Rep. Steve King (R-Iowa) suggested that Ryan's willingness to bypass the Republican conference and cut a deal with Democrats could jeopardize his position in leadership and further divide the House GOP.

"That's one of those things that cost John Boehner his speakership," King said referring to the ousted former Speaker of the House.

King also expressed his disappointment in the president who compromised with the Democrats. "I think if he gets some pushback on this, and he is, he'll reconsider this tactic going forward," King said.

The congressman, who has been intensely loyal to Trump, noted that he is still very much in favor of the president's agenda and will continue to push it through Congress "with or without Donald Trump."

Sen. John McCain, who has passionately encouraged members to work across the aisle said the deal on Harvey aid was not what he was talking about.

"I would not call that bipartisanship," he said. "I would call it the president cut a deal with the Democrats."

McCain questioned Trump's approach, which effectively undercut the public positions staked out by his own party's leaders. "If that's the way the president wants to do business, it's up to the president. I just don't call it bipartisanship."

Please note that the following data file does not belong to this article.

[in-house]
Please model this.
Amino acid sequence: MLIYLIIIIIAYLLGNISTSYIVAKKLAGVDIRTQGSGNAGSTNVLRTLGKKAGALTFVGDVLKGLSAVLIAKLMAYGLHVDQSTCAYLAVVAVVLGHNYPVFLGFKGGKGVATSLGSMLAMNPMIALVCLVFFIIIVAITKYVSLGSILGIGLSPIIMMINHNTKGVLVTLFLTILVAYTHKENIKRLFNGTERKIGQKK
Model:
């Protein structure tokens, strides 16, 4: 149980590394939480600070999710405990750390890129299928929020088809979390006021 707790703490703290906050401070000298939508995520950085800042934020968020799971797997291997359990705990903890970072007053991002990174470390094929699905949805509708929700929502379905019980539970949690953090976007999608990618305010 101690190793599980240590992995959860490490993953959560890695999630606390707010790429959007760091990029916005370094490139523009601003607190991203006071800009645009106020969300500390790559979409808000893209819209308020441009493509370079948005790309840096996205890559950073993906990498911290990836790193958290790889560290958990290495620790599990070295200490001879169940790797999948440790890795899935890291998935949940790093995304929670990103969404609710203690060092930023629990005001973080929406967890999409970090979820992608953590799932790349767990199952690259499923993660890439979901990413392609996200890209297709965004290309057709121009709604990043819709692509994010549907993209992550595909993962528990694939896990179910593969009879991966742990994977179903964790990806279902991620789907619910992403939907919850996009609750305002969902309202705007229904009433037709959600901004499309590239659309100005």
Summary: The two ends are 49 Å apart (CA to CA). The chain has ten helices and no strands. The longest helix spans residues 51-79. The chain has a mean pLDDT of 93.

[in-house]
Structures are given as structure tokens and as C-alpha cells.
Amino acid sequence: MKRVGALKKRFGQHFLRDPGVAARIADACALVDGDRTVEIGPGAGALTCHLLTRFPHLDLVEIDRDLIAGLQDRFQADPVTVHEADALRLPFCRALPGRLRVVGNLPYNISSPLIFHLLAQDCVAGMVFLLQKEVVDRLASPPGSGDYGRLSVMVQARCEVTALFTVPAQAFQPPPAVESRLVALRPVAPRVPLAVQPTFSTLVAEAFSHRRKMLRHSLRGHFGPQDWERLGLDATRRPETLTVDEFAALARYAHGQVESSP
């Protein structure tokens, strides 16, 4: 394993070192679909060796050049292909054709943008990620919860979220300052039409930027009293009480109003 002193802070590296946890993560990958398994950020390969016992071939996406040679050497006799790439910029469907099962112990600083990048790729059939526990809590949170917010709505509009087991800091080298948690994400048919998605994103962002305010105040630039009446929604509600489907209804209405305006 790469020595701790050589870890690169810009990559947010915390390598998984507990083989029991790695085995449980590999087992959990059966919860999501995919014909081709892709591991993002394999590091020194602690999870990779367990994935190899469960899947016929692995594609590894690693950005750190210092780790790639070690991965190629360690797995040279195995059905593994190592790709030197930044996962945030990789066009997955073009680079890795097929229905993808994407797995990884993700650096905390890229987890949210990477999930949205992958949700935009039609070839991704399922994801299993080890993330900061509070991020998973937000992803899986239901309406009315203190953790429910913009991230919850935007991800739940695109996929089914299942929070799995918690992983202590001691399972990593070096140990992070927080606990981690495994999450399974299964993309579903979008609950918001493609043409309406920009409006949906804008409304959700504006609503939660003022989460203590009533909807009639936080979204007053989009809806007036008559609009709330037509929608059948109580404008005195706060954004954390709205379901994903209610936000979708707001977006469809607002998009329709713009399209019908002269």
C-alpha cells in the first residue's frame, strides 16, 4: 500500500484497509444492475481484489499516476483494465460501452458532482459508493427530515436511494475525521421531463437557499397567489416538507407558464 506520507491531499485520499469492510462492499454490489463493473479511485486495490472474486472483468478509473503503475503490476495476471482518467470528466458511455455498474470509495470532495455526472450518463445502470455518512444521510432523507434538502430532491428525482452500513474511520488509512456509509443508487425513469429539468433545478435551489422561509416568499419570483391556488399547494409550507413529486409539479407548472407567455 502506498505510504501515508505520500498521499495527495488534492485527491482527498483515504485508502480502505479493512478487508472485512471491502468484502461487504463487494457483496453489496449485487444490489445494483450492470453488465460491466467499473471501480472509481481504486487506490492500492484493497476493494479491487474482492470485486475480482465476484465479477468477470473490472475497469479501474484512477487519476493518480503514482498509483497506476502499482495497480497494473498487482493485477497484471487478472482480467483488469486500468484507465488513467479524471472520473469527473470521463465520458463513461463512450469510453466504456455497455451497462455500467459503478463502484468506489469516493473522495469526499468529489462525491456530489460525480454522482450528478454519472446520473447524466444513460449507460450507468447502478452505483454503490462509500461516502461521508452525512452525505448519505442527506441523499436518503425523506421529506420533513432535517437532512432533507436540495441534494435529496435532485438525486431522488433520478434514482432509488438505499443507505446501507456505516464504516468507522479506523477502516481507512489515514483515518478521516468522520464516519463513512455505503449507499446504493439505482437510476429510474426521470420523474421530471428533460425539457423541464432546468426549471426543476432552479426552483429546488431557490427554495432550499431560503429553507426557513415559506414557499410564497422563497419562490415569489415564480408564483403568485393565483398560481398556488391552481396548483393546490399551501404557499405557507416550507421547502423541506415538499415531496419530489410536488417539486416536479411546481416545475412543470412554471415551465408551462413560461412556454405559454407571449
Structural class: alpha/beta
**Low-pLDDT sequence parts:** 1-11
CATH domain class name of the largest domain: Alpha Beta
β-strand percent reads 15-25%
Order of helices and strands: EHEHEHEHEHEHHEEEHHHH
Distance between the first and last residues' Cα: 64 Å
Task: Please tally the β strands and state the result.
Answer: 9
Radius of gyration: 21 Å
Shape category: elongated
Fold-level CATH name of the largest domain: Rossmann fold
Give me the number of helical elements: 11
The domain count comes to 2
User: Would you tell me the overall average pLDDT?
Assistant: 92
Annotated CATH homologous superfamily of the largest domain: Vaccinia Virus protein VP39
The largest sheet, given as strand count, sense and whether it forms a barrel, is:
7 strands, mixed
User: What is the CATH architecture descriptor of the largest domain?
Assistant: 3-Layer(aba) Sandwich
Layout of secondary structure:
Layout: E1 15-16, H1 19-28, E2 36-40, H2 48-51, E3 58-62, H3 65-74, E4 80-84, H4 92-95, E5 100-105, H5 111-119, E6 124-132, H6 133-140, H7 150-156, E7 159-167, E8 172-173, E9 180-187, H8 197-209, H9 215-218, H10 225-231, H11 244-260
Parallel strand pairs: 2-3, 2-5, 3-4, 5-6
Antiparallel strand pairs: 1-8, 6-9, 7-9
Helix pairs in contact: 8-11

Trump defended the deal on Thursday, saying it's what the American people want. "They want to see some dialogue, they want to see some coming together."

AN 'ERA OF GOOD FEELINGS' FOR THE TWO PARTIES?

The natural disasters hitting the country have provided a brief respite from the typical partisan turmoil, but it is unlikely that this "bipartisan moment" will be extended to the two parties' top priorities in the coming months: tax reform and protecting the immigrants shielded from deportation under the Deferred Action for Childhood Arrivals (DACA) program.

Last week Trump retracted the Obama-era executive order protecting DACA recipients, giving Congress six months to either pass a law protecting minors brought to the country illegally, or he will begin unwinding the program.

Nancy Pelosi raised the issue with President Trump during the Wednesday meeting and again in a Thursday morning phone call, where Trump reportedly said "he supports" the Dreamers and if Congress passes the Dream Act "he would sign it."